City council members are looking into whether a proposed new tax would generate enough money to repave most streets in Seymour.

By adopting a municipal wheel tax on the majority of vehicles registered in the city, some officials think Seymour stands to make much-needed road improvements.

Other council members are concerned with the idea of creating another tax on top of the state’s recent 10-cent gas tax hike and $15 increase in vehicle registration excise fees.

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During a discussion at Monday night’s council meeting, Councilman Brian D’Arco said he supports the wheel tax as a way to provide matching funds to access up to $1 million per year in road funding for the next four years from the state’s Community Crossroads grant program.

D’Arco said having $2 million to spend on roads can make a huge impact.

“You’ve seen what that can do this year,” he said. “That can actually pave a lot of roads. The city engineer seems to think that if we did that for the next four years, we could touch almost every bad road that we have inside city limits.”

The revenue from the wheel tax would not be enough to match $1 million, but D’Arco said even if it generates $150,000 to $200,000, it’s more than what the city started with.

In 2014, Seymour was spending about $150,000 altogether on road repairs and maintenance.

“I think if we can come up with one-fifth of the amount of money we need, at that point in time, we could work on trying to figure out how to come up with the other 80 percent,” D’Arco said. “We’ve got to look at our road conditions at this time and how to fund them. We’ve not been able to fund them up until this point.”

Mayor Craig Luedeman said the redevelopment commission may be able to contribute tax increment financing money to help with the city’s match for the Community Crossings grant.

Council President Jim Rebber said the council needs to have a better understanding of what kinds of funding needs might be coming down the road in both the city and county, including a future jail expansion project.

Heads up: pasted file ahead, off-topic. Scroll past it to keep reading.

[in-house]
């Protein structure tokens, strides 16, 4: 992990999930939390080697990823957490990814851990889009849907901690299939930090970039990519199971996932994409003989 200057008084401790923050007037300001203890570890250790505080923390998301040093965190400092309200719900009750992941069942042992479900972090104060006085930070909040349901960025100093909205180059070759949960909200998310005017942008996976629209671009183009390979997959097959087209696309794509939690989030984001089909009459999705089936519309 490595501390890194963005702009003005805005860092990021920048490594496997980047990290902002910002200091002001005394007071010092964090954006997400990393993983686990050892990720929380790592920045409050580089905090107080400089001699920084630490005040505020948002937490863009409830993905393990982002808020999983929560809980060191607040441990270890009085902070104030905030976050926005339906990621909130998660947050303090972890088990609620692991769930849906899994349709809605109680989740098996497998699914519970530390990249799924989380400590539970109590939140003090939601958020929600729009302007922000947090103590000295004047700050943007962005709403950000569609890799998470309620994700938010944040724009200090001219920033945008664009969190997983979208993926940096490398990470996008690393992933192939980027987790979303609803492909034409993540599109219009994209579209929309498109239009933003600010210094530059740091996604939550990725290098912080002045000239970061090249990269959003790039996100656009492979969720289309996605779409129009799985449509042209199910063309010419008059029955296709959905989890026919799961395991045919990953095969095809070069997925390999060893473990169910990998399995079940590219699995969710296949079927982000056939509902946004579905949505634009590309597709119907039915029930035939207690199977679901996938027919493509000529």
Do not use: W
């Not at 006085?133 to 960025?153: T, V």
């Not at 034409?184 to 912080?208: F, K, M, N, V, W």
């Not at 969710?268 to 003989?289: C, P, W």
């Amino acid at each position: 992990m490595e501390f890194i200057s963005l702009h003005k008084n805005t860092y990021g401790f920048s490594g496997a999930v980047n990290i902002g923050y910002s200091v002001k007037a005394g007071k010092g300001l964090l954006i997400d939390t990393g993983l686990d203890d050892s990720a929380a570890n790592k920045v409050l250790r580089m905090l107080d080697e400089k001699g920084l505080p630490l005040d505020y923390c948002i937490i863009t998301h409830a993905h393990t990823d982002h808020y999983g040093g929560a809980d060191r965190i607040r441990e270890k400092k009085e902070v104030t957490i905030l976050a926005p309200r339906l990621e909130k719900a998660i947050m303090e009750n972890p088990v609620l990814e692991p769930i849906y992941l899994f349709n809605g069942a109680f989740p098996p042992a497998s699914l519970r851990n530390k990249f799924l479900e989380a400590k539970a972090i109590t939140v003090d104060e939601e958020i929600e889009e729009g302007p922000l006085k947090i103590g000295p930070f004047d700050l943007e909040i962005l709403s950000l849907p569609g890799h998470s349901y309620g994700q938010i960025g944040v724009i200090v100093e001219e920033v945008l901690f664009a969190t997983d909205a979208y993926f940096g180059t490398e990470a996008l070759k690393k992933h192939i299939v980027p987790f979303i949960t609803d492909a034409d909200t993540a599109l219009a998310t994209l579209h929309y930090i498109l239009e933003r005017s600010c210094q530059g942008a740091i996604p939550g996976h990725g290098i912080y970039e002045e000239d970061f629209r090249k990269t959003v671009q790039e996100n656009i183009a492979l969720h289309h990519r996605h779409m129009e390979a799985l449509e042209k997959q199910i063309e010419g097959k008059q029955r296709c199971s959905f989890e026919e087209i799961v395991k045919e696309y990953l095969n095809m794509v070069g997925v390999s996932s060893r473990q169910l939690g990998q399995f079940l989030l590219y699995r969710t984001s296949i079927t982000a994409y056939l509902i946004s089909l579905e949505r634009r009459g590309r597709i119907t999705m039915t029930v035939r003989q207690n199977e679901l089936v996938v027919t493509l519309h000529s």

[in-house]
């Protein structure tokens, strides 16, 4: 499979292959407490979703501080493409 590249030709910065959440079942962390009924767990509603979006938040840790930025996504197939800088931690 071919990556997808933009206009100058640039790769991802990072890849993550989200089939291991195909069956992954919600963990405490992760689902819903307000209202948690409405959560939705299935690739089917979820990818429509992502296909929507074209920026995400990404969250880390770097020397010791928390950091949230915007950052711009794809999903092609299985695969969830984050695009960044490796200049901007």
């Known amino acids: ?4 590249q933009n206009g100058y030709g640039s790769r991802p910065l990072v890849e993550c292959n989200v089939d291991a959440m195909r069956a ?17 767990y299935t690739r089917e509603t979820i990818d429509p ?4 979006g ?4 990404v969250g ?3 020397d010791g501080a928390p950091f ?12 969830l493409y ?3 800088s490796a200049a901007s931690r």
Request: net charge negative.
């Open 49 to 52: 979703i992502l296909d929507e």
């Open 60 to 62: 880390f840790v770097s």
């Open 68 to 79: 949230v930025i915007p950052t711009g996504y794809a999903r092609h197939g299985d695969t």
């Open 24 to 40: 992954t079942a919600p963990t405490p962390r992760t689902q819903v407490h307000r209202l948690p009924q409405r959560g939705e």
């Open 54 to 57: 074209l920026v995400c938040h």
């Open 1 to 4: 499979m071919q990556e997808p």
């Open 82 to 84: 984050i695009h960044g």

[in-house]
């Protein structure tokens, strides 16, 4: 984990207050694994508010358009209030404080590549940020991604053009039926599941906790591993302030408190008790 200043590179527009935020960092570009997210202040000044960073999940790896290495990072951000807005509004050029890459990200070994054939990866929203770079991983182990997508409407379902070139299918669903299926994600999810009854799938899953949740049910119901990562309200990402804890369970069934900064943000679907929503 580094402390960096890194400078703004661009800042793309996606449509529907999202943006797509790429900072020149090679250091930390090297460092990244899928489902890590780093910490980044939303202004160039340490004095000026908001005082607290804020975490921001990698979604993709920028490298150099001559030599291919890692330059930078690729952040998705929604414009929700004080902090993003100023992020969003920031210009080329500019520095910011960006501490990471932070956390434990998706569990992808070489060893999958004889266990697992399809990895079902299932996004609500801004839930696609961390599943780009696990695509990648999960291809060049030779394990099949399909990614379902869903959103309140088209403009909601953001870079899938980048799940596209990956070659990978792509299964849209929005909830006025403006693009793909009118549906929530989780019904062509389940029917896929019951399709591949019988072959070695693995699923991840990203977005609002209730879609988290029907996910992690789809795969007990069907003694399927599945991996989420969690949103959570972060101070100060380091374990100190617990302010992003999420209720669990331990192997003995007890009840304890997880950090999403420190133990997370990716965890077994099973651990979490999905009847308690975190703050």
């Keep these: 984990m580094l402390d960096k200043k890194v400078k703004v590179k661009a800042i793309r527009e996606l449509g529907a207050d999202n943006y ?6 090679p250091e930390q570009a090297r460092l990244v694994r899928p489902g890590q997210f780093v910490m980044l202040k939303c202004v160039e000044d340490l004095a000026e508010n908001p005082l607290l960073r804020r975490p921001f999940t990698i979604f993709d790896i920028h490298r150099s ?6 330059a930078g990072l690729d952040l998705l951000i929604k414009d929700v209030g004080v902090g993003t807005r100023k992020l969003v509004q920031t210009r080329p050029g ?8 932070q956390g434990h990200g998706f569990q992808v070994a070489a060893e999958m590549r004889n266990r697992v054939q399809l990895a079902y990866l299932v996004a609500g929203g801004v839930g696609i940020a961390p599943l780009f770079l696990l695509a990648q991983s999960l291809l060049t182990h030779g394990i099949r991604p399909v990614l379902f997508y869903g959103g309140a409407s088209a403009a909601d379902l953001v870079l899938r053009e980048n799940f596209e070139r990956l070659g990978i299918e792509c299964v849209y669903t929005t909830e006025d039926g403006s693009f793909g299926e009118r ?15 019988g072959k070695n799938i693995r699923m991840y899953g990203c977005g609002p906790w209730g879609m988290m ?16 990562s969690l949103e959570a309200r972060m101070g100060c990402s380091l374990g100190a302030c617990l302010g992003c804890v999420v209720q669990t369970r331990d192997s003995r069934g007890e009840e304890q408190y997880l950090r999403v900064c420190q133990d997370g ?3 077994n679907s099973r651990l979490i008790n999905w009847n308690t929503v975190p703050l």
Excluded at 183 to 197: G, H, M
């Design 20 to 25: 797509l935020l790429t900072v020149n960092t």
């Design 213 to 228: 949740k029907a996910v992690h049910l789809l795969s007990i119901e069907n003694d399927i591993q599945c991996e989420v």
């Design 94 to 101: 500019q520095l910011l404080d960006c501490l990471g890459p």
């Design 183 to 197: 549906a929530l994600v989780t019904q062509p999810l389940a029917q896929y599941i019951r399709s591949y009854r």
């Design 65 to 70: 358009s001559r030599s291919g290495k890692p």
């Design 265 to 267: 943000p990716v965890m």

“What’s the impact going to be for our people?” Rebber asked. “I have concerns about whether it’s a regressive tax or not.”

A regressive tax is a tax that is imposed at the same level on everyone, regardless of income, like sales or property taxes and user fees.

“I’d rather see us take a total look at all the taxes,” Rebber said. “I’m not against the roads. They need to be improved.”

But Rebber said he would not vote in favor of adopting a wheel tax to pay for road work at this time.

Councilman John Reinhart said he also had concerns with implementing a new tax, especially with the possibility of using 25 percent or around $260,000 a year of the city’s EDIT funds to help pay for the jail project.

Currently, the city is still paying a portion for the 2000 jail renovation, but those payments end in 2019.

“I’ve got a problem with taxing the folks here in town on their cars and giving $260,000 away,” Reinhart said. “The county has addressed the road tax issue in the past with past county councils and haven’t done anything to help generate funds to loosen up some of their other funds.”

Reinhart agreed the wheel tax is a good way to generate money but said there are other things the council needs to think about before committing to raise taxes and still give part of the city’s income away.

“They’re both very good projects, and I can see that they both need to happen,” he said of the jail expansion and repaving city roads. “I just have mixed feelings about it.”

Councilman Shawn Malone said he asked several citizens their opinions about having a wheel tax and how it would affect them.

The tax would most likely be set at the minimum of $7.50 per axle, so $15 for a typical passenger vehicle. The amount would increase for larger vehicles with more than two axles, including RVs, trailers, tractor-trailers, car carriers, buses or large trucks. That would mean a household with two passenger cars would pay $30 per year.

“When the outcome is our streets getting repaired over the next four to five years, no one has told me that they dislike the idea,” Malone said. “It didn’t seem like such an astronomical number that they were against it.”

He also said he didn’t want to see the city lose out on the opportunity to receive up to $1 million in matching funds from the state’s Community Crossroads program, which is only being funded through 2021.

Malone suggested if the council agrees to implement the wheel tax, it should end at the same time as the Community Crossroads program.

In 2013, Luedeman said he didn’t expect the city to pursue a wheel tax, but that was four years ago, and circumstances have changed.

If the city is spending what it did in 2014 on roads, every road will be at the lowest possible rating, Luedeman said.

“I thought we needed a discussion about it,” Luedeman said. “I can honestly say I’m not a huge fan of adding another tax, but that’s my personal opinion.”

Luedeman said he would bring back more information to the council in July, including how many vehicles are registered within city limits and how much money could be raised by setting the wheel tax at different amounts.

Municipalities have until Sept. 1 to pass a wheel tax that would take effect Jan. 1, 2018.

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January Rutherford is a reporter for The (Seymour) Tribune. She can be reached at jrutherford@tribtown.com or 812-523-7069.